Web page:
Africa came to the United States from the continent about a decade ago, said a friend who would only be identified as Nick G.
Like Africa, Nick had also been homeless on the streets of Skid Row -- a decrepit area wrought with poverty and despair.
"He wanted to get away from here, he wanted to go back home," Nick said.
"He was very depressed. Very, very depressed. He had a good side to him, a good heart."
Africa kept a tent outside the Union Rescue Mission homeless shelter. Even though the shelter was right in front of him, he didn't want the help.
Instead, Africa often helped the shelter's employees.
"Our cleaning guys -- he would help them organize cleaning of (the) sidewalk," said the Rev. Andy Bales, the shelter's CEO.
He described Africa as gentle and kind -- but with an erratic side.
"I attribute the erratic behavior to this difficult environment out here."
Bursts of violence
Less than an hour before he was killed Sunday, a nearby security camera showed Africa apparently dealing drugs -- the sad and only real currency of Skid Row's economy.
The footage then shows Africa getting into a fight with the man in the orange tent next to him, violently tipping the tent and kicking the man. Police arrive and talk to Africa, but he jumps into the tent -- prompting officers to draw their guns.
Africa then jumps out, swinging his arms at police. Los Angeles police say he tried to grab an officer's gun, and that's when he was shot.
Los Angeles Police Chief Charlie Beck called the incident "an extreme tragedy."
"We feel great compassion in the LAPD for people who live in conditions of homelessness, and often mental illness, with no treatment," Beck said.
"We prepare our officers to deal as best they can with them, but the reality is this is much more than a problem that the police alone can solve."
The broader problem
Bales said the dismal conditions of LA's Skid Row makes it a tinder box for more problems.
"There is no other major city in the U.S. that has a skid row like ours," he said. "2,000 human beings living on the street. Until we deal with that, we're going to continue to have an explosive situation."
On the sidewalk where Africa was shot, a modest memorial sits atop a small pile of belongings.
"RIP Cameroon," one cardboard sign reads "Rest in Peace Africa."
It's unclear when the Los Angeles County coroner's office will release Africa's real name.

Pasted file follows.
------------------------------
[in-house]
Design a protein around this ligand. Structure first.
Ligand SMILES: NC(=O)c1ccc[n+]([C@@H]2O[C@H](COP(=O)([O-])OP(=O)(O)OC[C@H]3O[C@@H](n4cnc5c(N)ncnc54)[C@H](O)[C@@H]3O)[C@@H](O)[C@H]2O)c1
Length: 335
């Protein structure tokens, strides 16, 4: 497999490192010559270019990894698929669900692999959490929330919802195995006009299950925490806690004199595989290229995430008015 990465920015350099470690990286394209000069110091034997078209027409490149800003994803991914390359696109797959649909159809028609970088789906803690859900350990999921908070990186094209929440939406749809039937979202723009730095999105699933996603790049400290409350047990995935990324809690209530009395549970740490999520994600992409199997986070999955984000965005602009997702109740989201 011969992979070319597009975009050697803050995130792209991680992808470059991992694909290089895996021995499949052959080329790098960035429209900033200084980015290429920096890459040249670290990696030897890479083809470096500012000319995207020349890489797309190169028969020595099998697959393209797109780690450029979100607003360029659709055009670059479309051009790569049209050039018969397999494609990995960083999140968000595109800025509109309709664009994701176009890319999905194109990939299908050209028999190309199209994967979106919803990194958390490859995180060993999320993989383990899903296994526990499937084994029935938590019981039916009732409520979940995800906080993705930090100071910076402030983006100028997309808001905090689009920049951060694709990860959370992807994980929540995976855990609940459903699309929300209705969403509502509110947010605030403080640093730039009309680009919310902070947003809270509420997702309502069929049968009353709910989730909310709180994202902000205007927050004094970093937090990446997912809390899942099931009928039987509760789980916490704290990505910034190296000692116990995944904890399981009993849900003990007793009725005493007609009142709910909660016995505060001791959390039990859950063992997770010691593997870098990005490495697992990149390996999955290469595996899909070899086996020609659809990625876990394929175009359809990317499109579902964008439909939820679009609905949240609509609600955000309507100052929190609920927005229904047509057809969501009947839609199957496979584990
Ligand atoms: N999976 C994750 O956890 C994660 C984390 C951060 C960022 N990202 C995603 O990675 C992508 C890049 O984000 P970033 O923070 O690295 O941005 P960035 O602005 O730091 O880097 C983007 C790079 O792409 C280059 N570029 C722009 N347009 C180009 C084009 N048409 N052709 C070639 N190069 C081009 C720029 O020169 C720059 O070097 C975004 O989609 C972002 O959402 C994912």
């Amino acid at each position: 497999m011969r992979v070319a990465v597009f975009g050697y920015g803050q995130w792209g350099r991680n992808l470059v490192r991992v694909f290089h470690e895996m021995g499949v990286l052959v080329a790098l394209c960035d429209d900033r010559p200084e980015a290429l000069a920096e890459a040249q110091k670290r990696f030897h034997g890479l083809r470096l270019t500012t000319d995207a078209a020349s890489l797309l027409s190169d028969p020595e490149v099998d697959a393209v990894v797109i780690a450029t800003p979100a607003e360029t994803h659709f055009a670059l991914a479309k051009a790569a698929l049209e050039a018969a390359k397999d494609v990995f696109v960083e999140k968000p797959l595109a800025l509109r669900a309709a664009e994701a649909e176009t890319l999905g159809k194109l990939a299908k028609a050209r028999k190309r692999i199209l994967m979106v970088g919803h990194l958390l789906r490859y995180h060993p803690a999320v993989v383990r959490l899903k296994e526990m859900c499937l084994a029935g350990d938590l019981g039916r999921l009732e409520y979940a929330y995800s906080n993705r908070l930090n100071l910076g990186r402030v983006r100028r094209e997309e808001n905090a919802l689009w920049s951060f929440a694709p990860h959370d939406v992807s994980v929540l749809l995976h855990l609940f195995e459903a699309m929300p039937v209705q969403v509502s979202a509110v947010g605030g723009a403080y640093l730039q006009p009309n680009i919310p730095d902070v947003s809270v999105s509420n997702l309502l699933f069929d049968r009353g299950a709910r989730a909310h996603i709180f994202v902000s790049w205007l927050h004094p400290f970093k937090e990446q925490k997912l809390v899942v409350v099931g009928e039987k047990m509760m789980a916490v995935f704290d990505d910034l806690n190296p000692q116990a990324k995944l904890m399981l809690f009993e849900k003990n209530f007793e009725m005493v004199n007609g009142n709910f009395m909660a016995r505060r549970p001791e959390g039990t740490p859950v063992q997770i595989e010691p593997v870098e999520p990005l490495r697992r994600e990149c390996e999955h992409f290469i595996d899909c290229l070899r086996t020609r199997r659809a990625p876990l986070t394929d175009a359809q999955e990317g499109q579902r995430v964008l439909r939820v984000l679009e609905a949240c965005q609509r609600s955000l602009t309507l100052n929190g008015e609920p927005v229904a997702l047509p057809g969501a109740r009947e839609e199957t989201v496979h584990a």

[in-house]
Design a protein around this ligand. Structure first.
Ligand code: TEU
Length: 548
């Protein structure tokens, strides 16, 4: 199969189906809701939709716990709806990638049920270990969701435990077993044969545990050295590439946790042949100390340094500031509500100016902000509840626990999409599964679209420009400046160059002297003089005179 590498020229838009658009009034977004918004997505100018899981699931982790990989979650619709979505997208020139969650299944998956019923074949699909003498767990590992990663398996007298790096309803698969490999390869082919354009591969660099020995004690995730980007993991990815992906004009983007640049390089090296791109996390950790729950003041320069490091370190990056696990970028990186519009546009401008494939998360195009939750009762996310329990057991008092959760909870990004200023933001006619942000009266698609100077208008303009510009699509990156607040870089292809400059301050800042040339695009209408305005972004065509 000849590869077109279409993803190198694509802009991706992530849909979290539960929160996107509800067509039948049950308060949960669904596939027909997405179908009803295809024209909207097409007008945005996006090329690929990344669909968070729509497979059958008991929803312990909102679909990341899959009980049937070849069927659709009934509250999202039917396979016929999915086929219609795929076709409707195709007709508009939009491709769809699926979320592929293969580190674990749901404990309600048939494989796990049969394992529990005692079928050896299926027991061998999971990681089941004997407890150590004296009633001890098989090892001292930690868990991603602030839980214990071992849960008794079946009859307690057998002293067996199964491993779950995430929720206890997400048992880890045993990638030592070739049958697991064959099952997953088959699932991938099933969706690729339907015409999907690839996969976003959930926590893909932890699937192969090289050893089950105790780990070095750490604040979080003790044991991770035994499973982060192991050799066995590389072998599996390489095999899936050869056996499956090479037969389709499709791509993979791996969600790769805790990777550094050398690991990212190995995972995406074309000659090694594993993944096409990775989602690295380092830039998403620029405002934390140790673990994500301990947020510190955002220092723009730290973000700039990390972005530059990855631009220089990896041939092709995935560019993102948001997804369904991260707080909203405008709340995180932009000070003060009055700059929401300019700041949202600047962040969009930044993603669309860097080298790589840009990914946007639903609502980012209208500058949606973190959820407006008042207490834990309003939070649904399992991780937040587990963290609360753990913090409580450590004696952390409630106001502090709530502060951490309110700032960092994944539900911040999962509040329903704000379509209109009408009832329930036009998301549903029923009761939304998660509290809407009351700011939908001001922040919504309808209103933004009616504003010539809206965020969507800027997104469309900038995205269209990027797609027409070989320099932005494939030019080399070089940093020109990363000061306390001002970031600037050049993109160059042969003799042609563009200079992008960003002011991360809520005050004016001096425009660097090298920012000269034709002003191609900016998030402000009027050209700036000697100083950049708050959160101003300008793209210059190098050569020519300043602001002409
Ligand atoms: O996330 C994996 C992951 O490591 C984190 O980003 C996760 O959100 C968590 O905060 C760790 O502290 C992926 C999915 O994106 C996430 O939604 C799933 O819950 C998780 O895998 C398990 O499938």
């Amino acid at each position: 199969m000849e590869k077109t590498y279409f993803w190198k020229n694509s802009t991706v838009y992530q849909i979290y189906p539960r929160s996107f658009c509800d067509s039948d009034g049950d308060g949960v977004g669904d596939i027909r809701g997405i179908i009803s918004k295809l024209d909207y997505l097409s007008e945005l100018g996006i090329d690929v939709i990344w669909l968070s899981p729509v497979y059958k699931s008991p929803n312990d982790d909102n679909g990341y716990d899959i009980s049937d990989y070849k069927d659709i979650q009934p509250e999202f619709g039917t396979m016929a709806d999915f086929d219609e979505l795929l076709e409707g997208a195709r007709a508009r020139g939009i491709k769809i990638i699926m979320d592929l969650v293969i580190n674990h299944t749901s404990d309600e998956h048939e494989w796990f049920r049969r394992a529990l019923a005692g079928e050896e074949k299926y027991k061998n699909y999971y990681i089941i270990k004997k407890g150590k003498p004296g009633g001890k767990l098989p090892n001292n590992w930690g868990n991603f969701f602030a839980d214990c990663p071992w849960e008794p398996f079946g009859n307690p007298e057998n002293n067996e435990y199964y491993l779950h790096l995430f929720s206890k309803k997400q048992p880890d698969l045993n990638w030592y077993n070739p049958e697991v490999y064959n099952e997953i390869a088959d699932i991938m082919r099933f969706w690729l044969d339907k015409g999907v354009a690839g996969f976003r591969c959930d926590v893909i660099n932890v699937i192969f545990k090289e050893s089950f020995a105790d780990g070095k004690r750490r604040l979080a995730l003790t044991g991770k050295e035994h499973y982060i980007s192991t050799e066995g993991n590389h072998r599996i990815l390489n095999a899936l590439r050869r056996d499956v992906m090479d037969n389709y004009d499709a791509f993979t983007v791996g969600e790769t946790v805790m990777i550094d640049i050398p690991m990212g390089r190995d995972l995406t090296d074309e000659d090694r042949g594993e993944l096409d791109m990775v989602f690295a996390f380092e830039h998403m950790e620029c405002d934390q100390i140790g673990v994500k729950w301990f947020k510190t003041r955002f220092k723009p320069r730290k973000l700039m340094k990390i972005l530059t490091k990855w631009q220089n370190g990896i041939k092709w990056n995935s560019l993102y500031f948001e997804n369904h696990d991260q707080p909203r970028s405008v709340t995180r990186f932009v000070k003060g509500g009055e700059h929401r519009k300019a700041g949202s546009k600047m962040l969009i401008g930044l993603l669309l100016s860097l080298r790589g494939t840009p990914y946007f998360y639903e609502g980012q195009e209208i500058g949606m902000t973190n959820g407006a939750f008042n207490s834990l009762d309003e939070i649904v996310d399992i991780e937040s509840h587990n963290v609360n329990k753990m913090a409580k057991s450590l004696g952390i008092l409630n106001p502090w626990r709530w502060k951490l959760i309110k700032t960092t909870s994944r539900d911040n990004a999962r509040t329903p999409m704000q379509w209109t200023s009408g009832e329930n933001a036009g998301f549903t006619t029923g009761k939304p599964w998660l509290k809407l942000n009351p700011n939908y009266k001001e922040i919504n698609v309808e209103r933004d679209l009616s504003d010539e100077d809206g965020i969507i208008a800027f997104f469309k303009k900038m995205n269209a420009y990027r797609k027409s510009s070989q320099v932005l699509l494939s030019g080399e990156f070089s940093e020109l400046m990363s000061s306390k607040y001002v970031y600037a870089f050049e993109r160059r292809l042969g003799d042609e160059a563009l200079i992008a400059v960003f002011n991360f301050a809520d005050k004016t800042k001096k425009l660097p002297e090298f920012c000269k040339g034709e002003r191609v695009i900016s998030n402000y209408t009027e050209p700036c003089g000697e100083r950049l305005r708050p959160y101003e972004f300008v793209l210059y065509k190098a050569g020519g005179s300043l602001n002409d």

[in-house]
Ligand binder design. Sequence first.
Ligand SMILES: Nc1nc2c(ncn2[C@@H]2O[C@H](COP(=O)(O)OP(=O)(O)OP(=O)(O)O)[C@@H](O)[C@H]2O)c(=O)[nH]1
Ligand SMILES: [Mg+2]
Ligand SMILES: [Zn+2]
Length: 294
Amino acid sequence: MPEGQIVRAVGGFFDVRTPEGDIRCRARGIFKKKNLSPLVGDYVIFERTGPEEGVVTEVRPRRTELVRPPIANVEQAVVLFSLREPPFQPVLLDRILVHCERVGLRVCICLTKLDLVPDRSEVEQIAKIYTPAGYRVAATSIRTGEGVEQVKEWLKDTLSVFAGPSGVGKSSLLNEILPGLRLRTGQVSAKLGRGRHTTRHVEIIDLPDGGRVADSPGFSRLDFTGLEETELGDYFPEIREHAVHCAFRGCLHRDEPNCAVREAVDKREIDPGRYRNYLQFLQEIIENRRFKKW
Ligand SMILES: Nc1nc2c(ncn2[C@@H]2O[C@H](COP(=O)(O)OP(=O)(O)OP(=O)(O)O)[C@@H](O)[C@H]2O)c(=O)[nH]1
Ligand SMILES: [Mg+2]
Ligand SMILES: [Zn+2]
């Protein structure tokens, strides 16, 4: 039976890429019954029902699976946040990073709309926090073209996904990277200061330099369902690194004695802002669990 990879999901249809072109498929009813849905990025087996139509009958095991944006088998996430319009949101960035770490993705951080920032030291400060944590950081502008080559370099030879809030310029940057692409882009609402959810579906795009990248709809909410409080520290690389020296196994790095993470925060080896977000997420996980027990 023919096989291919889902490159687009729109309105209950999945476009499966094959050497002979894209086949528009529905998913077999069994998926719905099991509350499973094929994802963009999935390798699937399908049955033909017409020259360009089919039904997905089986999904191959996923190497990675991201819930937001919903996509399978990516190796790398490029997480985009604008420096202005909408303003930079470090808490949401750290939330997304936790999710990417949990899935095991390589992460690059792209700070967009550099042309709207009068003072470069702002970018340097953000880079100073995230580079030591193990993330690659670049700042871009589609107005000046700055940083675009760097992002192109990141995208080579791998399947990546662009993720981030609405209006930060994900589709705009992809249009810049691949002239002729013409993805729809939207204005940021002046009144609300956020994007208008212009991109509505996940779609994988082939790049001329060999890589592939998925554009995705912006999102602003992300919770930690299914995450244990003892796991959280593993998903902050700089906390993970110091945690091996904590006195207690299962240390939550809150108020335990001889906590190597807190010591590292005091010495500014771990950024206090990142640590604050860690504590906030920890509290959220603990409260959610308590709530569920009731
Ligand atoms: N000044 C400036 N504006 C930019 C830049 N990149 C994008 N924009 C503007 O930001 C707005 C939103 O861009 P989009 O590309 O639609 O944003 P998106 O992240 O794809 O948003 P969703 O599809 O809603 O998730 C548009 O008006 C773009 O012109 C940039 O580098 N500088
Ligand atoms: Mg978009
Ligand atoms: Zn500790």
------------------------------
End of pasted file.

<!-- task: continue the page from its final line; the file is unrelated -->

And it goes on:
From there, it's unclear where Africa's remains will go.
Liberia's global poverty and human rights advocate personnel Randall Dobayou congratulates the Liberian government for announcing the reopening of schools in Liberia. But Randall Dobayou wants more from the government. He is asking “[the Liberian] government to allow students to go to school without paying fees because of the current economic situation,” especially the closure of borders, businesses and schools from curbing with the deadly Ebola virus.
The deadly Ebola crisis forced the Liberian government to close most of its schools across the country, and its borders with neighboring countries. But with the recent decrease in the Ebola cases ( two cases as of today, according to a UN’s report) across the country, in fact, across West Africa, Liberians are calling on their government to reopen schools. But such a demand to reopen schools in Liberia should come with a free education provided by the government to its citizen, cried angry Liberians.
And one of those who are in the process of sending out a message to Liberia’s president, Ellen Johnson Sirleaf and the rest of her ministers, cabinets, ministers, etc., is Liberia’s former youth and student leader, Randall Dobayou.
Randall Dobayou—who is now an active member of Liberia's global poverty and human rights advocate—voiced up his opinion in an audio recording released on January 3, 2015. He testified that the Liberian government under the leadership of Madam Ellen Johnson has done its best to fight the deadly Ebola virus, which has claimed an estimated 9000 Liberians' lives; but her government now has a huge responsibility. And that's allowing its students, if they return to school, to get a free education.
However, those responsibilities, claimed angry Liberians, are yet to be taken into concrete consideration, neither by the Liberian government nor by its business vast entities across the West African nation. But the approaches of Randall Dobayou in his recording do seem to give President Ellen's government a better view on how to fund and sponsors the free education for its citizens: using Liberia’s oil resources, taxes from businesses and so on, Randall Dobayou suggested in the audio recording.
Randall Dobayou’s suggestions in the audio are alarming. In fact, it’s a difficult conundrum that will challenge the current Liberian government; and perhaps the government will consider his suggestions—and look at him as a quintessential tough guy—with strong remarks and suggestions, so as others.
Credit: Garcon Morweh for news info